A Tale of Two Home Secretaries or how Politics has changed- or not- in 50 years

This is the story of two Home Secretaries who were both Scots but who visited Leek approximately 50 years apart. One had been a prosecutor at the Nuremburg Trials after the Second World War and the other a former Communist whose rise in the Labour party under Tony Blair single him out as a potential Prime Minister. David Maxwell Fyfe the Home Secretary visited Leek in April 1953 and over half a century later John Reid came to Leek in November 2006.

The intervening years have indicated how changeable politics has been. For instance Maxwell Fyfe represented a working class seat in Liverpool including the Croxteth and Norris Green council estates. At the last General Election the Tories came fourth in this seat. He even managed to hold the seat in the Labour landside of 1945. I supposed it helped having a glamorous wife: he was married to Rex Harrison’s sister. During the War he served in the coalition as Solicitor General and became one of the principal prosecutors of the trial of Nazi War Criminals at the war’s end. He came out of that experience with his reputation enhanced being one of the only prosecutors to have bested Herman Goering in cross examination over the fate of prisoners of war who had escaped Stalag Luft III. Following the judgement of Nuremburg he became interested in Europe especially rebuilding the continent after the ravages of war on a legal framework of human rights. He was the principal architect of the European Convention of Human Rights which Britain ratified in 1951 by which time he had become Home Secretary.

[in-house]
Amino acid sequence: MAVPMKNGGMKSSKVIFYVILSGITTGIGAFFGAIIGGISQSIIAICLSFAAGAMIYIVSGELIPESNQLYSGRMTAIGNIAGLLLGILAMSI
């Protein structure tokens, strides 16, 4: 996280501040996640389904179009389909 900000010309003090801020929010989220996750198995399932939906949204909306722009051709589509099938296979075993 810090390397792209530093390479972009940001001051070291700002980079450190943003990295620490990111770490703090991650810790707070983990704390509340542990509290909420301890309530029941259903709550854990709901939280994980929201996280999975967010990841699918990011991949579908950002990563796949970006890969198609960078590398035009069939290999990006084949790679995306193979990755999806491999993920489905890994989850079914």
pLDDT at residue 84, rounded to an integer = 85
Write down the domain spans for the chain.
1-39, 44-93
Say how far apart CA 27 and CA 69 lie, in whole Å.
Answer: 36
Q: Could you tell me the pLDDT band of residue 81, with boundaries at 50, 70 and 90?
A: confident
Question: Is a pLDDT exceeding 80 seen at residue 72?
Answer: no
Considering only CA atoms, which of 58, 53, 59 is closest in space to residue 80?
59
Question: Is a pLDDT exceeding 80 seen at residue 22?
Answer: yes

His most controversial decision was his refusal to grant a reprieve to Derek Bentley who was hanged at the beginning of 1952. This was despite a petition of 200 MPs and the fact that Bentley was mentally retarded having only a mental age of 11. The decision had resulted in a great public outcry and strengthened the movement for the abolition of capital punishment.